- Johnny Cash
, 36 years of age, marries June Carter
, 38 years of age.
- World Ladies Figure Skating Championship in Geneva is won by USA’s Peggy Fleming.
March 3 - Greece, Portugal & Spain's embassies are bombed in the Hague.
March 4 - Evan Dando of the Lemonheads is born.
March 4 - Joe Frazier TKOs Buster Mathis in 11 rounds for heavyweight boxing title.
March 4 - Martin Luther King, Jr announces plans for Poor People's Campaign.
March 5 - U.S. launches Solar Explorer B, also known as Explorer 37 from Wallops Island to study the Sun.
- Actress Moira Kelly
- Jeff Kent
, second baseman for the Dodgers is born in Bellflower, CA.
- The First Battle of Saigon begins in Viet Nam.
- Bill Graham
opens the Fillmore East
in an abandoned movie theater in New York City.
- A Ferry boat sinks in the harbor of Wellington New Zealand killing 200.
- Lisa Loeb
- Dmitri Shostakovich
completes his 12th string quartet, in D flat major (Op. 133)
- Otis Redding
posthumously receives a gold record for "(Sittin' On) the Dock of the Bay."
- Mauritius achieves independence from British Rule.
- President Lyndon B. Johnson
edges out antiwar candidate Eugene J. McCarthy
in the New
Hampshire Democratic primary, a vote which highlights the deep divisions over Vietnam War in the U.S.
- The Beatles
release the single "Lady Madonna" in the UK.
- Nerve gas leaks from the U.S. Army Dugway Proving Ground near Skull Valley, Utah. Sickening sheep on local ranches coincided with several open-air tests of the extremely toxic nerve agent VX at Dugway. The Army, which initially denied that VX had caused the deaths, never admitted liability, though they did pay the ranchers for their losses. On the official record, the claim was for 4,372 "disabled" sheep, of which about 2,150
- CBS TV suspends Radio Free Europe free advertising because RFE doesn't make it clear it is sponsored by the CIA.
- Diocese of Rome announces that it "deplored the concept", but wouldn't prohibit rock & roll masses at the Church of San Lessio Falconieri.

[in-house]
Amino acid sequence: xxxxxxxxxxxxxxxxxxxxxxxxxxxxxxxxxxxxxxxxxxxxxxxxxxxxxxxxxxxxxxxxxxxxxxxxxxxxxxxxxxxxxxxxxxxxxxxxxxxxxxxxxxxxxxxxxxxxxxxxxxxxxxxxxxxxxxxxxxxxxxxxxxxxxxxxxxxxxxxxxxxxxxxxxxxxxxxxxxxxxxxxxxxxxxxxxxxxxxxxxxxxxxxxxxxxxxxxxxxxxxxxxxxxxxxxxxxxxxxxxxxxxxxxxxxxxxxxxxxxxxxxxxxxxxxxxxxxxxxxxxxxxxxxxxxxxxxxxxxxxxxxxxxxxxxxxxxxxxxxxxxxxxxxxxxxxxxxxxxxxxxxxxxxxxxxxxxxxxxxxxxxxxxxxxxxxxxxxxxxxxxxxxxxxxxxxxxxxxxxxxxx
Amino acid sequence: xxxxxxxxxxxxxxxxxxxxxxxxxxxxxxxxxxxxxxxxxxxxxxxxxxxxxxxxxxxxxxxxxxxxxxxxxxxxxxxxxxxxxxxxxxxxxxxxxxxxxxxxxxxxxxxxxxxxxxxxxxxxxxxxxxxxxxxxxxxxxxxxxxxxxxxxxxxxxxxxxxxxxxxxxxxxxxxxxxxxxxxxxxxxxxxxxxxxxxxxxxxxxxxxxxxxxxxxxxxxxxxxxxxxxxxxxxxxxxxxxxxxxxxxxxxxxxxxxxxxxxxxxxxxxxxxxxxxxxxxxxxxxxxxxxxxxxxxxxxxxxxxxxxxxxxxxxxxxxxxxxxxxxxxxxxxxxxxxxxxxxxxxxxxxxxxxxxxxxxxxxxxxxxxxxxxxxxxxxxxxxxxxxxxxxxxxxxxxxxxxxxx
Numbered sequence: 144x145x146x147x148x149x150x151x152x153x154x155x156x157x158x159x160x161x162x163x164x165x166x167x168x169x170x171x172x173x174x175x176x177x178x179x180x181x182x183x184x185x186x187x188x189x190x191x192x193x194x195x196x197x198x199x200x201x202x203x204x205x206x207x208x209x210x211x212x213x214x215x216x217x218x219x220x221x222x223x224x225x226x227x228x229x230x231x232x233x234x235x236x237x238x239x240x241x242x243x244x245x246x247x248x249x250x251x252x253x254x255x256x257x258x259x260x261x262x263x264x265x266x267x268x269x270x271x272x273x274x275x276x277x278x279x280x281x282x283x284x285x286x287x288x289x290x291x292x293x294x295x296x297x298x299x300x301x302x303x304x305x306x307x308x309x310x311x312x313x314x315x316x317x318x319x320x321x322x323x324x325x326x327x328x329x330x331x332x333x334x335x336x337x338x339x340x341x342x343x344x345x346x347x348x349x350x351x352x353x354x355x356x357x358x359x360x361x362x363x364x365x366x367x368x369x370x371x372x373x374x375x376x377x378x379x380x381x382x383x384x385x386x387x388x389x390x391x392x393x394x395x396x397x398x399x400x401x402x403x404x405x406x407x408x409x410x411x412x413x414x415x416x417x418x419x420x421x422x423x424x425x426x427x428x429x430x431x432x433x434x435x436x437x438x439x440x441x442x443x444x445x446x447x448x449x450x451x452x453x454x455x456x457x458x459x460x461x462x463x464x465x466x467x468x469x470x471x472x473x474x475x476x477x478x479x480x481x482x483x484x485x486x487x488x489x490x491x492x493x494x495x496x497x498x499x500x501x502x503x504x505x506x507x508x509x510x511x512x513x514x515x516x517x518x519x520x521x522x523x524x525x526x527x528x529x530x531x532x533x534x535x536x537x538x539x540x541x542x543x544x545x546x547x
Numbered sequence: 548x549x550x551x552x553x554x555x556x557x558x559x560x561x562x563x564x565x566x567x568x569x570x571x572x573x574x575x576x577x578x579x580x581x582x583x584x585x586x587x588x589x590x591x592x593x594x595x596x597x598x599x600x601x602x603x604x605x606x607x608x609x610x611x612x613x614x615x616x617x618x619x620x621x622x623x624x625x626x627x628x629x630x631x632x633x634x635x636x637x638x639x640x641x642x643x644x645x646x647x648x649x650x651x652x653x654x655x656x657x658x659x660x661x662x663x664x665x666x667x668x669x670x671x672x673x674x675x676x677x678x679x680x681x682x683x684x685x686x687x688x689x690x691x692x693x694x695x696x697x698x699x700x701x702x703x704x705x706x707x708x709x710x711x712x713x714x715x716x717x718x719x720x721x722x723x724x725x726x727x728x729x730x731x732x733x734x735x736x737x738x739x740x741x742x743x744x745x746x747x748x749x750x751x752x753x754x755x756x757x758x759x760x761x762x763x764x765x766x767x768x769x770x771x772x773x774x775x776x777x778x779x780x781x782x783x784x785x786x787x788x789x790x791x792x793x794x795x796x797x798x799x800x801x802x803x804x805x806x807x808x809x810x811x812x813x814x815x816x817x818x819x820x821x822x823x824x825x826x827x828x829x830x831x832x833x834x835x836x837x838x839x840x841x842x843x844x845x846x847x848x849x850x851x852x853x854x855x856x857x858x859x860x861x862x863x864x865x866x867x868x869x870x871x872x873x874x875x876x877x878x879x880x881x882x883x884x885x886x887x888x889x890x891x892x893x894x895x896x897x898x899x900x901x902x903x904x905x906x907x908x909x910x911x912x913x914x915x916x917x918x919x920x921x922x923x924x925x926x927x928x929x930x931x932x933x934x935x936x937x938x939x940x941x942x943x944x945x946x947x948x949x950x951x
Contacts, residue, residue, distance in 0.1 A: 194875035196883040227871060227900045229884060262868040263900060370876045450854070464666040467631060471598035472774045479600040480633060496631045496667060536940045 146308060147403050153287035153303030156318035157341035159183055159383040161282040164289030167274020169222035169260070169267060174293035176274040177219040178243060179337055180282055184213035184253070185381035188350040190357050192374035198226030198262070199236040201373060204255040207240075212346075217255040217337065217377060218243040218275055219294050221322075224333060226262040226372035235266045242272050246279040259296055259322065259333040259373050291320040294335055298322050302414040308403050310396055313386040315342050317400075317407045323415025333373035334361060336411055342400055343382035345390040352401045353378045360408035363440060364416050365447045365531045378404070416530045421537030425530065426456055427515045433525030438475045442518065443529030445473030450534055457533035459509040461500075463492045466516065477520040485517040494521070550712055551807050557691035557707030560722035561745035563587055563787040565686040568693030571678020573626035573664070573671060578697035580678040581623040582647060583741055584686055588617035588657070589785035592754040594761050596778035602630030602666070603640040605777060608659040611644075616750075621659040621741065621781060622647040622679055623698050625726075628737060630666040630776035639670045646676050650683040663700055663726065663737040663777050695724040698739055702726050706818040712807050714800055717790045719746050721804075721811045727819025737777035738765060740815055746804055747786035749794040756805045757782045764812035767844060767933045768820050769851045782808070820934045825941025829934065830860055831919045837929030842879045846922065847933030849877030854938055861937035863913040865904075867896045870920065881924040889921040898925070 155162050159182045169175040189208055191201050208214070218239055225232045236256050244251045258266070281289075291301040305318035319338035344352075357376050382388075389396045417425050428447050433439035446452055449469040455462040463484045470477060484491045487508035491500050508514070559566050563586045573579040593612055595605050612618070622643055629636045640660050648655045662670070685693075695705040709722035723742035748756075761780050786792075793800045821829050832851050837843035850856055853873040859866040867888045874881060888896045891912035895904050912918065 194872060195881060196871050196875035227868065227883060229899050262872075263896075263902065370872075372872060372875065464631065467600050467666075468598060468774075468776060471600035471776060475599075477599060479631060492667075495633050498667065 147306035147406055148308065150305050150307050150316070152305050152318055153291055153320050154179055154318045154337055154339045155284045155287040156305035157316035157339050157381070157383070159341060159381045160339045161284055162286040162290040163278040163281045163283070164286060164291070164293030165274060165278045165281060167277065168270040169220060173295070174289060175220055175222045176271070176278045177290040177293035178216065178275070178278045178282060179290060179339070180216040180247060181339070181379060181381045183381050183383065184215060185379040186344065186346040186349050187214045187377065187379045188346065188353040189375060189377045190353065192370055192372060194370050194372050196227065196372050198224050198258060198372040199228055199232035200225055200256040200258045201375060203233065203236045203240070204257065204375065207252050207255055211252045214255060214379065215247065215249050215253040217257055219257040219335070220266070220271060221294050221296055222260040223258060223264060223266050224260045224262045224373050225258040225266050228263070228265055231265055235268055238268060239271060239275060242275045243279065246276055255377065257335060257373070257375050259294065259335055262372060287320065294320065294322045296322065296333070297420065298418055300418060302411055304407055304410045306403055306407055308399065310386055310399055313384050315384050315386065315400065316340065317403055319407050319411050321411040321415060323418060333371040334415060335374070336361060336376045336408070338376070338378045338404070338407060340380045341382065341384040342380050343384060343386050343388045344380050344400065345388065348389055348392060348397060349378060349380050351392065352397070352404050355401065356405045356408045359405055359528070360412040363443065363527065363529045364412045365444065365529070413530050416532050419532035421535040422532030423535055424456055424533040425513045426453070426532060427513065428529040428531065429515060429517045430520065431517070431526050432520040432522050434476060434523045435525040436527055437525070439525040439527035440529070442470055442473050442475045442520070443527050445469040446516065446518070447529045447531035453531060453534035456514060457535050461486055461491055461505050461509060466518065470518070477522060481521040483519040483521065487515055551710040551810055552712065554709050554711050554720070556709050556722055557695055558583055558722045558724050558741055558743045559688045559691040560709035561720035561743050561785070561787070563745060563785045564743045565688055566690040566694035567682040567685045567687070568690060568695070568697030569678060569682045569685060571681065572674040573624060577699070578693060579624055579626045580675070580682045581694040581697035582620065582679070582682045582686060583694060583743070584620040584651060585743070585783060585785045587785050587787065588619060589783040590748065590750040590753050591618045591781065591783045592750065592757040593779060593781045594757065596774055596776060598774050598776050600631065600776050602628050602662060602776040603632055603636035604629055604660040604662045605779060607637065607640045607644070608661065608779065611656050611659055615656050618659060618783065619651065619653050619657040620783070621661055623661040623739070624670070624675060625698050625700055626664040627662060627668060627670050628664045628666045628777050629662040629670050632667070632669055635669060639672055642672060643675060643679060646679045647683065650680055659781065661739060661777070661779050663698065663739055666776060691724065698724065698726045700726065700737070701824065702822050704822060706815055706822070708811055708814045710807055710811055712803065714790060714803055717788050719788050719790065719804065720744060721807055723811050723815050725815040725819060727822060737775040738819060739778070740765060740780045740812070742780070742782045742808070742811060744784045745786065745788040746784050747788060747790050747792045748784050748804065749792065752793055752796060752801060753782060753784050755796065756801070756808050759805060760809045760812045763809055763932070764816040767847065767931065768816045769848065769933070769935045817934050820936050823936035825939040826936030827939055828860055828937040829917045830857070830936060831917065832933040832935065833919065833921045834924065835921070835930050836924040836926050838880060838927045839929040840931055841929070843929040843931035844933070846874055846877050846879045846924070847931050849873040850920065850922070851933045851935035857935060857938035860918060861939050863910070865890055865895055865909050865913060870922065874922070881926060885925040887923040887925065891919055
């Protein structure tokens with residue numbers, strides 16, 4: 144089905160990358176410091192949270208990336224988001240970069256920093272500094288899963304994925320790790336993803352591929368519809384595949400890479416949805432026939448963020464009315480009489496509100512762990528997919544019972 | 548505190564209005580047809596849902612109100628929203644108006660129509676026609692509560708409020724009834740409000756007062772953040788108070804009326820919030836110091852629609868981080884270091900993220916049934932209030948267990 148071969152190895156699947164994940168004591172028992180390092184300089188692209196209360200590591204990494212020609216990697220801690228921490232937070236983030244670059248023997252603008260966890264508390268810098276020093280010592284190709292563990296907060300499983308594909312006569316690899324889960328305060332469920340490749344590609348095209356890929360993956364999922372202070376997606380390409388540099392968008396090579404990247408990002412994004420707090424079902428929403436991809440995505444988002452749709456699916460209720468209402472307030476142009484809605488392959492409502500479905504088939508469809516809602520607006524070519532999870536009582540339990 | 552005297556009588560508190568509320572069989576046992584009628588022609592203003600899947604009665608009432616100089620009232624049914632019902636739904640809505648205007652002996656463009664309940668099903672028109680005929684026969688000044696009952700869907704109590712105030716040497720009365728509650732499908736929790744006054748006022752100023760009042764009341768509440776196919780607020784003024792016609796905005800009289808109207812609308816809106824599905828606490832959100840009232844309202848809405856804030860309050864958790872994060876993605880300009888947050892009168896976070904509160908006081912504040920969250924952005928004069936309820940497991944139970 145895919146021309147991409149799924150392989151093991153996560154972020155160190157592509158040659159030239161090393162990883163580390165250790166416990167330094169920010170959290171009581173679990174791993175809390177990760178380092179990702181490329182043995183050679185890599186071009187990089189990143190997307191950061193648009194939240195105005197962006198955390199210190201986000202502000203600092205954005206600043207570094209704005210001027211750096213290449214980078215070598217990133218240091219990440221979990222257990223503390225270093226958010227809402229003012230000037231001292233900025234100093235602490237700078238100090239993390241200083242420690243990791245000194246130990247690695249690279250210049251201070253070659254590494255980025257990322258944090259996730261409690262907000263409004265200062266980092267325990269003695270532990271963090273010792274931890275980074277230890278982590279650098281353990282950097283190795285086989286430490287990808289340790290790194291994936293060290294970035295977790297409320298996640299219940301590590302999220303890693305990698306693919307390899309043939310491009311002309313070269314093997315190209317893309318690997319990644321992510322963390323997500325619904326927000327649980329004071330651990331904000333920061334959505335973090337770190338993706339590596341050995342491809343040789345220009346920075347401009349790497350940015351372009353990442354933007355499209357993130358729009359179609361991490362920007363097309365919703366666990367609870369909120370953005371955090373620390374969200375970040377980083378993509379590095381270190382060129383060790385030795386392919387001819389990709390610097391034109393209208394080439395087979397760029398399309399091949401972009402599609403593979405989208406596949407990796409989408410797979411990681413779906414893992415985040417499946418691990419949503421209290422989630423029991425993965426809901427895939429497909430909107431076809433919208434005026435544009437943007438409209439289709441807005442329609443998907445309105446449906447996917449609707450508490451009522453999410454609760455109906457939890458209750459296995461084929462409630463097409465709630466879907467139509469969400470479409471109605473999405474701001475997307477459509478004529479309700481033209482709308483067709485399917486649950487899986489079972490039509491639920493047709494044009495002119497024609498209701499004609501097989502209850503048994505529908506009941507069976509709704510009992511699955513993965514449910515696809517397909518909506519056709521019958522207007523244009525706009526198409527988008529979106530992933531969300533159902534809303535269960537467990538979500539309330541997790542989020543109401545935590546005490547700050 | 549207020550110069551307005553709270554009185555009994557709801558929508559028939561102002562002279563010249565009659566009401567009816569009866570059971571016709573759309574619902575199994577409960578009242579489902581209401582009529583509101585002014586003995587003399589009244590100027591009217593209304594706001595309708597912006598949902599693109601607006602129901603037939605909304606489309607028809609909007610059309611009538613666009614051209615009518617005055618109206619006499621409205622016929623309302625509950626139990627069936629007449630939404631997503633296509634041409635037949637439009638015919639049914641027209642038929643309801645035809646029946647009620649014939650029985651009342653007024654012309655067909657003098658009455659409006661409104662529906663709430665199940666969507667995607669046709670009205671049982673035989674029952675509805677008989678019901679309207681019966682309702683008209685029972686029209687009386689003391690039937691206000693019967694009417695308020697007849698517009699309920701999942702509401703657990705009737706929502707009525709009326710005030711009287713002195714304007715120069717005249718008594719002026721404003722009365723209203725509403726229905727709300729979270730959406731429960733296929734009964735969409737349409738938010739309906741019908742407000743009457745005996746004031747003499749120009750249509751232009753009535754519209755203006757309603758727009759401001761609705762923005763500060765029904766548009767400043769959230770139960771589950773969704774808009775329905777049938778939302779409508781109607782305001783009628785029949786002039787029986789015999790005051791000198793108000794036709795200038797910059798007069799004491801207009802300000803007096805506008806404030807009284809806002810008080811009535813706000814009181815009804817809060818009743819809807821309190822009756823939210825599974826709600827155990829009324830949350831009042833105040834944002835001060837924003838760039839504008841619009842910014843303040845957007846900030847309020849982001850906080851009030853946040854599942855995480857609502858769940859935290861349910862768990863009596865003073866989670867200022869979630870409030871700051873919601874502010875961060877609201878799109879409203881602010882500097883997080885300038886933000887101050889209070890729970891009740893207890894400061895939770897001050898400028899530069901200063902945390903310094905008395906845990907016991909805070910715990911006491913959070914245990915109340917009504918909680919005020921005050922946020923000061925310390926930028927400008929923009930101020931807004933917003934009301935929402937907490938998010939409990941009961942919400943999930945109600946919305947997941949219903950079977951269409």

magazine, in an article, calls Jimi Hendrix
"the most spectacular guitarist in the world."
- In My Lai, South Vietnam,
American troops massacre between 350 and 500 unarmed Vietnamese villagers - men, women, and children.
- General Motors releases its 100 millionth automobile, the Oldsmobile Toronado.
- Italian composer Mario Castelnuovo-Tedesco
dies at the age of 73.
- Democratic Senator from New York, Robert F. Kennedy
announces he’ll run for the Presidency.
- A demonstration in London's Grosvenor Square against U.S. involvement in the Vietnam War leads to violence - 91 police injured,
200 demonstrators arrested.
- The U.S. Congress repeals the requirement for a gold reserve to back US currency.
March 19-March 23
- Students at Howard University in Washington, D.C., seize the administration building and stage a five-day sit-in, shutting down the university in protest over its ROTC program, and demanding a more Afro-centric curriculum.
- Carl Theodor Dreyer
, Danish director of The Passion of Jeanne d'Arc
(1928) and The Vampire
(1932), dies of pneumonia in Copenhagen at age 79.
- Daniel Cohn-Bendit
and seven other students occupy Administrative offices of Nanterre, leading to the closure of the University on May 2, which in turn helped move the protests to downtown Paris where the May 1968 Student Riots launch France into a deep state of chaos.
- Edwin O'Connor
, American novelist and Pulitzer Prize winner dies.
– UCLA beats North Carolina 78-55 in the 30th Annual NCAA Men's Basketball Championship.
- Alice Guy-Blaché
, pioneering filmmaker who was the first female director in the motion picture industry dies at the age of 94.
- The 58th and final new episode of The Monkees
airs on NBC.
– Country singer Kenny Chesney
– R&B artist Little Willie John
, he sang the original version of "Fever" and "Talk to Me," dies at Walla Walla State Prison in Washington. He had been imprisoned for stabbing a man to death in October 1964. The official cause of death is listed as a heart attack, though some reports say he died of pneumonia or asphyxiation.
- Yuri Gagarin
, Soviet Cosmonaut and first human in space, dies in aircraft training accident.
- Lucy Lawless
, New Zealand
actress best known for her role as Xena
- Students at Bowie State College seize the administration building to protest the run-down condition of their campus, at a time when Maryland essentially ran separate college systems for black and white students. Instead of negotiating, Governor Spiro Agnew
sent the state police in to take back the administration building.
record their live album at the Anderson Theater in New York City. Though at first it was shelved by the band, once Led Zeppelin
hit big, Epic Records tried to cash in by releasing the material as the bootleg Live Yardbirds: Featuring Jimmy Page.
It was quickly withdrawn after Page's lawyers filed an injunction on the record.
March 30 - Celine Dion is born.
March 30 - Bobby Driscoll, Academy Award winning child actor, dies from a heart attack brought on by liver failure and advanced arteriosclerosis due to his long-time drug abuse at the age of 31. Believed to be an unclaimed and homeless person, he was buried in an unmarked pauper's grave on Hart Island where he still remains today.
March 31 - Seattle's first Major League Baseball team is named the Pilots.
March 31 - President Lyndon B. Johnson announces he will not run for re-election.